If your wife wants a divorce and you do too, move out. This will speed up the process and make both your lives simpler. That’s the short answer, of course, but it’s really not that easy. Various factors can greatly complicate this life-altering decision—everything from property to pets to kids can make this jarring moment a challenge to your wallet, heart and head.
Gimme the Short Answer!
The Code of Virginia provides an expedited method for divorce based on one of you moving out of the family home. Title 20, Chapter 6, § 20-91 gives us the grounds for divorce from bond of matrimony. Subsection (9) (a) states [sort of] plainly:
“On the application of either party if and when the husband and wife have lived separate and apart without any cohabitation and without interruption for one year. In any case where the parties have entered into a separation agreement and there are no minor children either born of the parties, born of either party and adopted by the other or adopted by both parties, a divorce may be decreed on application if and when the husband and wife have lived separately and apart without cohabitation and without interruption for six months.”
This, in much plainer language, means you can live apart for a year and that is grounds for divorce. If you have no kids, six months will do it.
Be careful, though, because “cohabitation” means many things:
- Accepting a cup of coffee from her
- Changing the oil on her Chevy
- Microwaving her breakfast burrito
Legally you must do nothing for her during that six months or year. She can overlook that weekend romance you two fell into three months into the separation, but her lawyer will very much want to bring it up. That escapade resets the calendar and you have to wait another six months or year.
Weakening Your Visitation & Custody Rights
Kids in the mix make life significantly more complicated. When you move out, you may have to explain to very little children why Mommy and Daddy are separating. In most cases, before the divorce, the children will remain in the family home, which means they will remain with your soon-to-be ex-wife, even if you file for custody during proceedings.
The far greater issue with children is custody: moving out could weaken your visitation and custody legal argument if you do not work out details with your spouse before leaving. Where you go matters, too: try to move within the children’s school district, so as not to disrupt their academic year with a change of schools.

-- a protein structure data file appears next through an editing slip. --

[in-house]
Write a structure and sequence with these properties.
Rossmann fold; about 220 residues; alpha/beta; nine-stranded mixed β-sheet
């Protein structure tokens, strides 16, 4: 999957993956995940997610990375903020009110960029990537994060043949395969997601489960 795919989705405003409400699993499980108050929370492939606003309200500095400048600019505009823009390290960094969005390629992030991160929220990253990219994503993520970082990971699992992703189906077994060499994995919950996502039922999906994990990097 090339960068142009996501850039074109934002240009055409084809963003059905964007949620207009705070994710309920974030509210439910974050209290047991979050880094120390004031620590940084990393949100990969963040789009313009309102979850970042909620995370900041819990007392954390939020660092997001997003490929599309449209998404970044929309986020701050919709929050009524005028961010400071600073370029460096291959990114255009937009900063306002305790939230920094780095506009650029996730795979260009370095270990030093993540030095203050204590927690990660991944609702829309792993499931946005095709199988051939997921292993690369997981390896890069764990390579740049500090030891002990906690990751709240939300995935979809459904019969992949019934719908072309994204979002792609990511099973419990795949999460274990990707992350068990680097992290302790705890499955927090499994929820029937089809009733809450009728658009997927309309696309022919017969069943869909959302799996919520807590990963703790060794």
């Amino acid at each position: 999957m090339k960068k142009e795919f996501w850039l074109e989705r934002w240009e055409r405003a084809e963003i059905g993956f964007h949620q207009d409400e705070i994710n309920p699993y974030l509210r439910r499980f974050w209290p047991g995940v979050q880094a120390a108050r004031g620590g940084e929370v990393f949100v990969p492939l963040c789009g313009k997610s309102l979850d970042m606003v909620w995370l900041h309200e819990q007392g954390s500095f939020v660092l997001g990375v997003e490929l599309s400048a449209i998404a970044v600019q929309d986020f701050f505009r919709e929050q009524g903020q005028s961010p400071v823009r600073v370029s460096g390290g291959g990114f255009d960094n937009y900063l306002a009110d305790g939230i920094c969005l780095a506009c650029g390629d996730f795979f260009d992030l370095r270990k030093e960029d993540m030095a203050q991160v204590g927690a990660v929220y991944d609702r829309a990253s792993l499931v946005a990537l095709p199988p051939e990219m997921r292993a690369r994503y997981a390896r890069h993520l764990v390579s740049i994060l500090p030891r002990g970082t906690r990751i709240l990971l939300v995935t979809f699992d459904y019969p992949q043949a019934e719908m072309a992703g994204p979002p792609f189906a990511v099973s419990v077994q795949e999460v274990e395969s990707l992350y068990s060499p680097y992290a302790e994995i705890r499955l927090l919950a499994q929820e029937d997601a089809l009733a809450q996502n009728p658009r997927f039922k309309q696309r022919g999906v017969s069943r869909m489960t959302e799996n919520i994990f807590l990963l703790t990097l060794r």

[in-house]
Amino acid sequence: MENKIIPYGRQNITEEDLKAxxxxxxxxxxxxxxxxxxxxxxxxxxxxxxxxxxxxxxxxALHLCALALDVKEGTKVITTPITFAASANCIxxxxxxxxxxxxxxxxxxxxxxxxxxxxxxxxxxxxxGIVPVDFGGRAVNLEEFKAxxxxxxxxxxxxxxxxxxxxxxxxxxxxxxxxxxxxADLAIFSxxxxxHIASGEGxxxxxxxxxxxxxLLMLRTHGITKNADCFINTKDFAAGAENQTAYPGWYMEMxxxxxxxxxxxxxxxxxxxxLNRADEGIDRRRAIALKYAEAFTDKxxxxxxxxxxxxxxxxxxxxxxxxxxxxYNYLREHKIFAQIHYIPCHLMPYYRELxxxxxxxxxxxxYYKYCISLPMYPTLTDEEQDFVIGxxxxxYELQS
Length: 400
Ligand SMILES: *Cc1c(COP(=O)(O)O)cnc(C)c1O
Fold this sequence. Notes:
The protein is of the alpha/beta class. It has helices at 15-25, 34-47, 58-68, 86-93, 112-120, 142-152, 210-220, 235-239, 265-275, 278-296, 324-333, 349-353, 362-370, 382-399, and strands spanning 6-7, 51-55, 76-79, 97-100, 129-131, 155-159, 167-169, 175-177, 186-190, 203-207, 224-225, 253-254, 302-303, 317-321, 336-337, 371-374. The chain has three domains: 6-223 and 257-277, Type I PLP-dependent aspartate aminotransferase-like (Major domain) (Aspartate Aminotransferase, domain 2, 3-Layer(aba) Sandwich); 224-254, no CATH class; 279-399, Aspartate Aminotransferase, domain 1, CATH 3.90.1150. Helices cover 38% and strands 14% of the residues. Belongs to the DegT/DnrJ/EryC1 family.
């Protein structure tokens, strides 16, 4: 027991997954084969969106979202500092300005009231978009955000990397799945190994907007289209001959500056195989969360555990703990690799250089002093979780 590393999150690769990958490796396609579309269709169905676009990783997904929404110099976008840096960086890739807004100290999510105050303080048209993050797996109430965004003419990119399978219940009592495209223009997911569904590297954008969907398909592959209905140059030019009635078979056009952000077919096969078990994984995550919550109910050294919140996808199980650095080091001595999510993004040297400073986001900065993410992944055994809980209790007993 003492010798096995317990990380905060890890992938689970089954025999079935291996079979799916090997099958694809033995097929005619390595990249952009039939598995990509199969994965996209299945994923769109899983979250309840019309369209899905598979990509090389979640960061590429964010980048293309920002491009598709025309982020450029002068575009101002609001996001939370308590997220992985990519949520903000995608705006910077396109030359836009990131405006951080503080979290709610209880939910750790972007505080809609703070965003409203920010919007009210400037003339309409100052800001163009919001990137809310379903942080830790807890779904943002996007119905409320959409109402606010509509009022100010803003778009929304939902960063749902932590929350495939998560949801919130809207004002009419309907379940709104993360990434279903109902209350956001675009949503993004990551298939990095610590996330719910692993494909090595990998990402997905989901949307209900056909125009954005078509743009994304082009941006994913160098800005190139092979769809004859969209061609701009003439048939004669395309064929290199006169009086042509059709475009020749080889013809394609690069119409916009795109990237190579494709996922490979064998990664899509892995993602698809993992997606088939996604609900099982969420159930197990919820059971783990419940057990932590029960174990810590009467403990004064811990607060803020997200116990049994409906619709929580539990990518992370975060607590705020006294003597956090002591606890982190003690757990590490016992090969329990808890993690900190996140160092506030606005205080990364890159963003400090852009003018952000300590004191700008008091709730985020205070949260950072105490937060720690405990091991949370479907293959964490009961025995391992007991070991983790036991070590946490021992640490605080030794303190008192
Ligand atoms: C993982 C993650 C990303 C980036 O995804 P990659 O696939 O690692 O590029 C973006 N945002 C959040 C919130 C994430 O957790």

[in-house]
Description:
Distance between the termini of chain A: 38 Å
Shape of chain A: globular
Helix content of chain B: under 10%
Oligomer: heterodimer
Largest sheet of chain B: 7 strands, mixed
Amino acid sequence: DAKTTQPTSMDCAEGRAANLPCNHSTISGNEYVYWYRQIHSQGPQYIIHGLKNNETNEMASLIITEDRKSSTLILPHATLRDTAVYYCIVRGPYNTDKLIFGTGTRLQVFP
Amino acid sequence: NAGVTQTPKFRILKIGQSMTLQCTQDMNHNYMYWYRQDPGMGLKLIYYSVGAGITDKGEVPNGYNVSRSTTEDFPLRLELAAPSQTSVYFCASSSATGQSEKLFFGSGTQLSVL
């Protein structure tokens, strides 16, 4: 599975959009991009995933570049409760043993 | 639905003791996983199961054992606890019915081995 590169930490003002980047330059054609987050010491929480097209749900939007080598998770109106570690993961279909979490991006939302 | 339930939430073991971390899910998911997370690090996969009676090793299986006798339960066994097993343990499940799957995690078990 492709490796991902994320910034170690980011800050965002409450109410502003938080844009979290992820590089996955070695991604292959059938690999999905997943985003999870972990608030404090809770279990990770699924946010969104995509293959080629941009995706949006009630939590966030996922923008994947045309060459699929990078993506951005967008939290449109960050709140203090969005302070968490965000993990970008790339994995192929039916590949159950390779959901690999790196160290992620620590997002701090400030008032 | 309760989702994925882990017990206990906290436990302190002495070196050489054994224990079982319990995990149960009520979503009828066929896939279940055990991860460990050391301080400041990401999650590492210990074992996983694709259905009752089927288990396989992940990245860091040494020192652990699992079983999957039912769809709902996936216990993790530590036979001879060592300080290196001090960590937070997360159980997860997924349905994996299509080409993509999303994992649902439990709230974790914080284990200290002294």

Marital Desertion? Moi?
Virginia’s laws justify divorce if either of you “willfully deserted or abandoned the other,” according to Section 20-91, subsection (6). If she tells you she wants you out and you move out, you have neither willfully deserted nor abandoned her. You tried to please her, to do her bidding. That is not grounds for divorce. If she announces her intention to divorce you, try to get something in writing from her saying she wants you out, because if you leave after her pronouncement but without evidence of her desire, she can actually use your leaving as the fault grounds.
Does Moving Out Void Your Marital Property Rights?
You may worry that moving out somehow voids your rights to your property. It does not. If the house, ATV, RV and SUV are owned by you both (or acquired during your marriage), they should be divided up in a property settlement agreement. You can physically be anywhere and still own your things. Take the Massanutten Resort timeshare you both own, when you live in Virginia Beach. Simply because you are not camped out at the resort pool full-time does not forfeit your rights to your share.
Are You Still Responsible for Your House After Separating?
You probably have forgotten what expenses you will face with a move. You probably cannot afford to buy yet another house, so you will rent. Rent requires a one-month security deposit—which could be substantial—and monthly payments on top of whatever you must pay on the first home’s mortgage. Just because she files for divorce and you move out, you still have to pay for the costs for running the house she (and perhaps your children) still live in.
Moving Out of State During a Divorce
If you do move out of the family home, should you move out of state? Probably not, but only your lawyer can properly advise you. Virginia divorce laws apply to Virginia residents, which means your case will be stronger if you stay in state. The Code of Virginia says,
“No suit for annulling a marriage or for divorce shall be maintainable, unless one of the parties was at the time of the filing of the suit and had been for at least six months preceding the filing of the suit an actual bona fide resident and domiciliary of this Commonwealth, nor shall any suit for affirming a marriage be maintainable, unless one of the parties be domiciled in, and is and has been an actual bona fide resident of this Commonwealth at the time of filing such suit.”
After she hires an attorney, the attorney will file for the divorce in the county or city in which you both last lived together, like Virginia Beach, even if you moved to Goose Pimple Junction. Another option is to file in the Virginia county or city where you, the defendant, now reside if you did move out. If you did, in fact, move to Goose Pimple Junction (yes, it’s a real town in Virginia!), her attorney will have a hard time finding a place to file the papers among its 326 inhabitants. If you move out of state, her attorney will file where she lives.
Talk to Your Attorney Before You Make Your Move
Moving out is expensive, but may be the fastest route to a clean divorce. And of course, it may give both of you time to separate heart from head and reach rational decisions about property, children, spousal support and more. To get advice on your best course of action before separating, call The Firm for Men‘s Virginia Beach office today at 757-383-9184 to schedule a consultation.